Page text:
Law be damned.
Red supporters started causing small incidents, throwing roof tiles and excrement at workers. The College of Contractors responded predictably, sending ruffians as bodyguards. Unable to keep provoking the workers, the clientela of Bassus turned their attention to the wagons that carried building materials and cleared debris. Like an avalanche an arms race descended upon the Hill, the situation derailing into open warfare. Without scruples holding me back and intoxicated by my success, I decided it was time to deliver Germanicus and friends a blow they would not be able to ignore and hopefully, recover from.
A provincial noble whose countryside house was torched by the Celts was building a magnificent urban estate on the most unlikely of places – the Aventine. The College had just finished cleaning the site and was preparing to start labours, guards stationed day and night around its expensive building materials. The perfect target.
After a day of tense racing at the Circus Maximus, the right missives brought many frustrated supporters to the construction site, where well-positioned slaves were generous with Bassus’ wine. After some token resistance, the guards knew better than to stand against the inebriated mob.
By dawn the site was utterly destroyed.
I celebrated in seclusion, looking forward to the inevitable realization from Pleuratus that they would not be able to continue without peace between us. He would come to the table and I could ask for the return of my family in exchange for an end to the hostilities.
I assumed that Pleuratus was like the typical criminals of the Aventine. His mindset was something else.
He surprised us in the middle of the night, accompanied by twenty or so of his men. Silent as cats, they extinguished all lights and captured the slaves. Pulled from bed by four pairs of arms, I was thrown at his feet.
Impressed upon me immediately was how ungermanic Germanicus was. Tall and well-built, olive skin, curly hair and green eyes, he had much more in common with Greeks than with the giants of the savage North. Physical attributes aside, he dressed the part: fox skins, hair and beard dirty and long, an animalistic demeanour as he moved around the room.
The maniac was playing a character.
“Go to the stables and break the legs of every single horse you find.” He growled. “Do not touch anything else. I do not want a speck of dust displaced unless I say otherwise.”
“This brutality is unnecessary.” I babbled, still groggy from sleep. “Bassus and the Reds are innocent. I am the one responsible for all your troubles.”
That stare. Utterly crazed, clear on its message:
I know and I do not care for a second.
“Rome thinks that the Reds are responsible for ruining my interests in the Hill. Accept it, barber, I am the only thing keeping some measure of order in this cesspool and I will only do so as long as Rome fears me. Will I let the City think that a charioteer’s team can defy me? No.”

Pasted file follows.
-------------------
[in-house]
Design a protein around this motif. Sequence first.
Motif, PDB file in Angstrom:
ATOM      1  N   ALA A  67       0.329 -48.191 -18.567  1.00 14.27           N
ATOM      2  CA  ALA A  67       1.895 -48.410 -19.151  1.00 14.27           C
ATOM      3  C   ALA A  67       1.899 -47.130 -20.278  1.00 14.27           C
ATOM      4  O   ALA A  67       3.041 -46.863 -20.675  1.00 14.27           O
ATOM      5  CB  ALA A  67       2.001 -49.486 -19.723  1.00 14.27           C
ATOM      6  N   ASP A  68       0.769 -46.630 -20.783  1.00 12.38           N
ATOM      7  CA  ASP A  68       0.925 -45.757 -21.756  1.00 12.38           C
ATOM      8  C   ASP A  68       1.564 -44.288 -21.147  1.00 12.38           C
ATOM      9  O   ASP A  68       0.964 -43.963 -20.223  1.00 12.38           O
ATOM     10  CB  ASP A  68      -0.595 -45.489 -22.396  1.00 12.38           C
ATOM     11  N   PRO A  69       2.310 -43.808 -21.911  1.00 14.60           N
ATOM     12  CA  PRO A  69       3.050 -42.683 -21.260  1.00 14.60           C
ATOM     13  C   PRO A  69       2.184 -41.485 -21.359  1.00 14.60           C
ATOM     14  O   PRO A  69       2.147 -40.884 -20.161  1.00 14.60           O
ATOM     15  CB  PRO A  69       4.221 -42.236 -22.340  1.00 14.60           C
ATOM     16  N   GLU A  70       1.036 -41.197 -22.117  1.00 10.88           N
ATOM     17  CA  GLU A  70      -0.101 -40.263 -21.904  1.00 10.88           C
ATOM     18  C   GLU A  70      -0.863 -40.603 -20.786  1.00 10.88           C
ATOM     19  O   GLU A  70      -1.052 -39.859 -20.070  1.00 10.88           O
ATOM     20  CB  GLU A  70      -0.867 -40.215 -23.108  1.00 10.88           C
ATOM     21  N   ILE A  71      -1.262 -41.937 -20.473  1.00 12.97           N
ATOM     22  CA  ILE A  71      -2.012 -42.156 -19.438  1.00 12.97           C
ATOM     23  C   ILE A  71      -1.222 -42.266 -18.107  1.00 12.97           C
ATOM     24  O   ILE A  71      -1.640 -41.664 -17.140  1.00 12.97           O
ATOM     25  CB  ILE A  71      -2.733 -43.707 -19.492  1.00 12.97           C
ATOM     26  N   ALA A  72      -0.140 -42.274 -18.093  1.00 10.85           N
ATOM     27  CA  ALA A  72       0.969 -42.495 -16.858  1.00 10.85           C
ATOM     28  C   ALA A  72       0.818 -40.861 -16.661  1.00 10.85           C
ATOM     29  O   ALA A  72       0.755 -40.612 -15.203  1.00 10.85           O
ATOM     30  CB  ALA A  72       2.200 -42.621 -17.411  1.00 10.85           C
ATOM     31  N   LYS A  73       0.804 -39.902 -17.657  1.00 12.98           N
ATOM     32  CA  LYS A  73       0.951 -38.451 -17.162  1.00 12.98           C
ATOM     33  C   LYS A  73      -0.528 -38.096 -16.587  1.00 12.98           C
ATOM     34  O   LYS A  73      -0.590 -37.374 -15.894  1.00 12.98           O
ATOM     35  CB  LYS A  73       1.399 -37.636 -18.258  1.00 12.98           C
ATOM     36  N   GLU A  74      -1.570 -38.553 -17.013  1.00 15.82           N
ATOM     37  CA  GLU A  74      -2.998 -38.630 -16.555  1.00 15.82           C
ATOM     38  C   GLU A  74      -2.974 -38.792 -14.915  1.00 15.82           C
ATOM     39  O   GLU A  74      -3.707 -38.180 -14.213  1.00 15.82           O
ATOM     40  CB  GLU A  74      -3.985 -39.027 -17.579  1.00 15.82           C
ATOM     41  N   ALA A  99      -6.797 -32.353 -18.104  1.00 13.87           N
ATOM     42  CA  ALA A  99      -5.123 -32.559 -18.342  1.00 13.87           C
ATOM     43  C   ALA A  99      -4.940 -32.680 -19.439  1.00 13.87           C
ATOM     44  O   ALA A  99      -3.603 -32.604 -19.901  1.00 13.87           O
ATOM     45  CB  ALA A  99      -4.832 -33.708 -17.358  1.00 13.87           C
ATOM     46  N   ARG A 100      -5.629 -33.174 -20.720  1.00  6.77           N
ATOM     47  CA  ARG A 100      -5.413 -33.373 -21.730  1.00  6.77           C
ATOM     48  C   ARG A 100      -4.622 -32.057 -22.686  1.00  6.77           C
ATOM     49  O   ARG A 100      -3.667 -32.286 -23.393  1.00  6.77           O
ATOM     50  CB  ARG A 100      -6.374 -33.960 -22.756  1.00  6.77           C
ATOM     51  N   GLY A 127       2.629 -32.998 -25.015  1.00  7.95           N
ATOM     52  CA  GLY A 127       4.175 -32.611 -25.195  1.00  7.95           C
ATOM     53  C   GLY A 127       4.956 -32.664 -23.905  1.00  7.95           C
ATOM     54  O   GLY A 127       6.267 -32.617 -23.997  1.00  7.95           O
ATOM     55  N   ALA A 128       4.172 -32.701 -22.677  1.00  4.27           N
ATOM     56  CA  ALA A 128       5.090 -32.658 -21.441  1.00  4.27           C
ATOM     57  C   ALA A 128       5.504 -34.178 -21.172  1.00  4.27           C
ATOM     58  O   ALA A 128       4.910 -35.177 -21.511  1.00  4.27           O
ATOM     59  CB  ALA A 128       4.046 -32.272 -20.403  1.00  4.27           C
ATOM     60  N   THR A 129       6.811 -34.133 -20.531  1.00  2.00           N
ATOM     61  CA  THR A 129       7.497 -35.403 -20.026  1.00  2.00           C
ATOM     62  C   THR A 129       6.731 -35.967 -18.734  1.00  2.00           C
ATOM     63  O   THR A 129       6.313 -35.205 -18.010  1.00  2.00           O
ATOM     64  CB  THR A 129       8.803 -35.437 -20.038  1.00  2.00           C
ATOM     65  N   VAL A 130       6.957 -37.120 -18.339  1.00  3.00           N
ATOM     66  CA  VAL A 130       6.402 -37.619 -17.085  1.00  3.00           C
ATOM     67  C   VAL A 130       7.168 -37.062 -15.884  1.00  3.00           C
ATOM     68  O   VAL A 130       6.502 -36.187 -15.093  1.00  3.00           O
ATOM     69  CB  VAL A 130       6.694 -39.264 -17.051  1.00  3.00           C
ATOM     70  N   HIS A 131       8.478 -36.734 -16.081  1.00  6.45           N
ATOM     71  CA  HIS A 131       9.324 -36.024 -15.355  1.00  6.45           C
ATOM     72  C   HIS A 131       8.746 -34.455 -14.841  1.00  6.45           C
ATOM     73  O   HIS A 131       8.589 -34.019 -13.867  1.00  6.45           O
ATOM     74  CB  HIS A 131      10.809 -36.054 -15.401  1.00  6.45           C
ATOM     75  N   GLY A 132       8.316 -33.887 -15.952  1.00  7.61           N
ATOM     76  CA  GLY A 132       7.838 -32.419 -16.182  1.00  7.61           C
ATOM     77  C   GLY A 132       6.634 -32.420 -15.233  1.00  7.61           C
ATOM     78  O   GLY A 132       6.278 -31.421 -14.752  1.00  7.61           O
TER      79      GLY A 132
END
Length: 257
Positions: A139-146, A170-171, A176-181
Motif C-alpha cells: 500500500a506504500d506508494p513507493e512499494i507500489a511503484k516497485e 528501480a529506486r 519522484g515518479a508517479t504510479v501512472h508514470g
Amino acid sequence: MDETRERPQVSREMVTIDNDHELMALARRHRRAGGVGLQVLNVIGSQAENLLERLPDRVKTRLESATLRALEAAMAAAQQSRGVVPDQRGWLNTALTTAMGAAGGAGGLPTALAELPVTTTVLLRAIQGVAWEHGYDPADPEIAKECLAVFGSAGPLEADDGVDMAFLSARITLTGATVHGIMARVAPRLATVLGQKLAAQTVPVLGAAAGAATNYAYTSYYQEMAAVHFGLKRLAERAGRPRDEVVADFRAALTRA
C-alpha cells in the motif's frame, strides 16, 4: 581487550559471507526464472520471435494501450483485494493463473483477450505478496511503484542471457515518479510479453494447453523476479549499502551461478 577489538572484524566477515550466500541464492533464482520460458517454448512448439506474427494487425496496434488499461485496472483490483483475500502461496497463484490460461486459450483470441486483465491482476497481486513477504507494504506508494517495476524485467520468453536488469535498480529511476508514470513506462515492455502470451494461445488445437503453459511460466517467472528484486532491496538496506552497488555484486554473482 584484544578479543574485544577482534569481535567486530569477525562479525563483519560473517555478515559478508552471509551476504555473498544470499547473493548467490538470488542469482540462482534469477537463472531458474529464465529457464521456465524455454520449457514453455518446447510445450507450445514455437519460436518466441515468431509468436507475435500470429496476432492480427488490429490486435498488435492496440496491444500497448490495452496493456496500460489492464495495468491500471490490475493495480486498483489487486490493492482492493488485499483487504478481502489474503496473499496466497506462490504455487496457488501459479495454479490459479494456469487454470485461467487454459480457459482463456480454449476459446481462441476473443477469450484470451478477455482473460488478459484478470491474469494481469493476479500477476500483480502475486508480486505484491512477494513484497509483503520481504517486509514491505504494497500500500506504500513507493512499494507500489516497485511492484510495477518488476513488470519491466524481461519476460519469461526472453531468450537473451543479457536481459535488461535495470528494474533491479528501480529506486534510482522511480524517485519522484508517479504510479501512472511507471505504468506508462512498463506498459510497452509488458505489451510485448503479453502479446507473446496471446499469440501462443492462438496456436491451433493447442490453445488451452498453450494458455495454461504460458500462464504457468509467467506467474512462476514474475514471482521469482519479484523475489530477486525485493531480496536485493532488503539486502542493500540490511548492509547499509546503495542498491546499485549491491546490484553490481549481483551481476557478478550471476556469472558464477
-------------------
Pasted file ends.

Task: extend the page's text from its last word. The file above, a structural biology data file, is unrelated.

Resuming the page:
Two of the men brought to us the bronze vessel that Bassus loved so much. Pleuratus grinned ear to hear.
“This will be perfect.” He grabbed a heavy iron bar as if it was nothing, unceremonious dismantling the beautiful Corinthian; within moments a pile of deformed metal. “Have you ever seen anything this marvellous, tonsore? The form and art crying themselves into nothing. The best of all musical compositions.”
“There is no need for violence between us!” I offered. “Everyone has a place in the Aventine, if there is anything good in the Hill is that. I only want my family back; it is that easy to settle things between us.”
“In case you have not noticed, the Aventine has changed.” Pleuratus ignored me, turning his back and preparing to depart. Bassus was dangerous, a nasty combination of influence, money and loyal fans. I was a nobody. Everything about this situation consumed me with unspeakable rage. I had fallen so low, all to learn almost nothing about Camilla and the kids and barely able to get the attention of their captors.
I was a Roman of the gens Considii and here stood a foreign imposter acting as master of our Hill and our people. Confident that I had read Germanicus’ character well, I did something that he just could not ignore.
Reaching towards the nearest source of light, I grabbed an oil lamp and threw it against Pleuratus’ back, burning him. He halted, clenching his fists and appreciating the pain as flames spread and died across his pelts.
I did not see him move.
When I finally noticed him, his smoking form towered above, pulling back a fist from my stomach and rising it against my chin. Drunk and inconsolable, I did not even attempt to dodge, accepting all the violence he dispensed. Grabbing me by the neck, Pleuratus whispered at my ear.
“You seem to have got your wish, old man. Send my regards to Sisyphus.”
I was used to tavern brawls, and even I never faced someone like this. I was not fighting against a human being, facing instead a brick wall that kept crumbling on top of me. Laying in a pool of my own blood, the last thing I heard before losing consciousness was a threat.
“If you or anyone else intervenes with our plans, your wife will be the first to suffer. You can be sure that your children will not be the last.”